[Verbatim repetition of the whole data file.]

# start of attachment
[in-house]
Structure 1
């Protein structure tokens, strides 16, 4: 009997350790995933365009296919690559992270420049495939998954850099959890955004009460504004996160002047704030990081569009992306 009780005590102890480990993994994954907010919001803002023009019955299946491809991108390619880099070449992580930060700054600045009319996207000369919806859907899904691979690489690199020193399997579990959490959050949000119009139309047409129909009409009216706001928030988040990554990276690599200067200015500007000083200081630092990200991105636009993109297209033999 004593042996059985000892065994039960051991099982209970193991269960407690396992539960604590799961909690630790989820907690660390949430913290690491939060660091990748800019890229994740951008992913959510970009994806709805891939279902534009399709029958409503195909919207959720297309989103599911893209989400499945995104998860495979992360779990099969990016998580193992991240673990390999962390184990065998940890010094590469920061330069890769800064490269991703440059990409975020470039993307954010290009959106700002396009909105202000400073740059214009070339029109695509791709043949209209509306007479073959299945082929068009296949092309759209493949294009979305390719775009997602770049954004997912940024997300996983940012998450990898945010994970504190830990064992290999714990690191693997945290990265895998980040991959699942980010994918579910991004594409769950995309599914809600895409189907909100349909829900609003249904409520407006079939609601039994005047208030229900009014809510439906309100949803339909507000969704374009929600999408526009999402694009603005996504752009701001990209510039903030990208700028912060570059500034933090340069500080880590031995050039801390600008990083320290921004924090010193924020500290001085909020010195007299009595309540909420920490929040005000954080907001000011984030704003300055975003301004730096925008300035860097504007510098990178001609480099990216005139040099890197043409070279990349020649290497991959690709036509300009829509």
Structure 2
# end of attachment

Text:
[in-house]
Structure 1
């Protein structure tokens, strides 16, 4: 009997350790995933365009296919690559992270420049495939998954850099959890955004009460504004996160002047704030990081569009992306 009780005590102890480990993994994954907010919001803002023009019955299946491809991108390619880099070449992580930060700054600045009319996207000369919806859907899904691979690489690199020193399997579990959490959050949000119009139309047409129909009409009216706001928030988040990554990276690599200067200015500007000083200081630092990200991105636009993109297209033999 004593042996059985000892065994039960051991099982209970193991269960407690396992539960604590799961909690630790989820907690660390949430913290690491939060660091990748800019890229994740951008992913959510970009994806709805891939279902534009399709029958409503195909919207959720297309989103599911893209989400499945995104998860495979992360779990099969990016998580193992991240673990390999962390184990065998940890010094590469920061330069890769800064490269991703440059990409975020470039993307954010290009959106700002396009909105202000400073740059214009070339029109695509791709043949209209509306007479073959299945082929068009296949092309759209493949294009979305390719775009997602770049954004997912940024997300996983940012998450990898945010994970504190830990064992290999714990690191693997945290990265895998980040991959699942980010994918579910991004594409769950995309599914809600895409189907909100349909829900609003249904409520407006079939609601039994005047208030229900009014809510439906309100949803339909507000969704374009929600999408526009999402694009603005996504752009701001990209510039903030990208700028912060570059500034933090340069500080880590031995050039801390600008990083320290921004924090010193924020500290001085909020010195007299009595309540909420920490929040005000954080907001000011984030704003300055975003301004730096925008300035860097504007510098990178001609480099990216005139040099890197043409070279990349020649290497991959690709036509300009829509």
Structure 2